Winning really is everything in major college sports, as Bruce Weber's dismissal shows.
Within a month — assuming all goes according to plan — the University of Illinois will have a new men's basketball coach.
Who it will be is a mystery. So is the future of Fighting Illini basketball, and, as is usually the case when a new coach comes on board, people are excited about what lies ahead.
It's a similar situation for Bruce Weber, who was dismissed after nine years at the helm. It will be no great surprise if he quickly lands another job and gets back to his passion — coaching basketball.
But all the talk about the future shouldn't obscure the past. Although the wind came out of the sails near the end, Weber had a good run at the UI.
His overall record was 210-101, including an appearance in the 2005 national championship game. The Fighting Illini won two Big Ten titles under Weber and made six NCAA appearances.
Fans now are focusing on Weber's final 17-15 season, including a backbreaking collapse midway through the conference schedule. People can speculate as to why — recruiting misses and mistakes, injuries, the wrong offense or defense. Those factors all are part of competition in major college sports, but the bottom line is winning.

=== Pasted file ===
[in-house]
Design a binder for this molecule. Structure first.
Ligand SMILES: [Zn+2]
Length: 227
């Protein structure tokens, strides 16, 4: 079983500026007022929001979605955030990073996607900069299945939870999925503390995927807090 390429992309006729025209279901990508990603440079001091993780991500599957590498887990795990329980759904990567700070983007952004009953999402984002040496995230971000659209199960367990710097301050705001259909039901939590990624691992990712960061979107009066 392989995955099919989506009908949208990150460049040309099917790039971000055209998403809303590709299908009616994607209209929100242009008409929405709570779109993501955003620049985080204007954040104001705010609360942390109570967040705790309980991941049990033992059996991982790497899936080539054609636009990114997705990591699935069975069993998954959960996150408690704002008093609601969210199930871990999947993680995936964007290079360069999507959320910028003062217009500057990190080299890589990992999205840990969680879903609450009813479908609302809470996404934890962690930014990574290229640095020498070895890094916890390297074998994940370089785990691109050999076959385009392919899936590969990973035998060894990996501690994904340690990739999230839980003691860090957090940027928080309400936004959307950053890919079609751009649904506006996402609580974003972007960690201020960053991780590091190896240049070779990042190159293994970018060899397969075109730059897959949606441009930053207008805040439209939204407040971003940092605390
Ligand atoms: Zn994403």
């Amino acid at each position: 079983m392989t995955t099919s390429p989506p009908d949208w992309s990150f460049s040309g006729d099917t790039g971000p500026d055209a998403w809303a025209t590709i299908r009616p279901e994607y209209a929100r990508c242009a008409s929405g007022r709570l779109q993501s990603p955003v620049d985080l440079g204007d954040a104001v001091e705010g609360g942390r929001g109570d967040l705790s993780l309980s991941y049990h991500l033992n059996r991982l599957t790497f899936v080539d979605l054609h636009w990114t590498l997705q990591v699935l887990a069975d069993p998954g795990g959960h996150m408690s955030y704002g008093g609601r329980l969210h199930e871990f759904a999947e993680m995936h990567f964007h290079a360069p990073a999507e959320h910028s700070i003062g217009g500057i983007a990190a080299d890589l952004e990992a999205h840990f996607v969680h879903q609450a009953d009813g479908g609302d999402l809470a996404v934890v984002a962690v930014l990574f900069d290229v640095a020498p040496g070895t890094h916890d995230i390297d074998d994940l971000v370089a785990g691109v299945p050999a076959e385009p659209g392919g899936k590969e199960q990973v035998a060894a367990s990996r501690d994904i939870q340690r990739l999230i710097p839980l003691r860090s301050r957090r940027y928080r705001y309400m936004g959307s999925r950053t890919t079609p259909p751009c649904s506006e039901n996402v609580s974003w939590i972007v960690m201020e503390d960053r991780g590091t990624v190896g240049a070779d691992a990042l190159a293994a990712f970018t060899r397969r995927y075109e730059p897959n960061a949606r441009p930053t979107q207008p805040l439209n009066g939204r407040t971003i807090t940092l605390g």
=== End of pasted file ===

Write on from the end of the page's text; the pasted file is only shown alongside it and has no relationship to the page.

Illinois didn't win enough games in the past couple of years to justify maintaining the status quo. Weber himself acknowledged the "bottom line" nature of his business and seemed resigned to his fate. Whether it should be or not, college sports is a big money business. The money goes to those who win.
But character matters, too, and Weber's character is impeccable. He is a respected individual and a great ambassador for the game. Whether he was raising money for Coaches vs. Cancer, speaking at a swearing-in ceremony for new citizens or just signing autographs and talking to people, he was always gracious and sincere.
Weber is sorry to be going, and we're sorry to see him go. But he'll take with him the respect and affection of many thousands of Illinois fans and do well wherever he lands.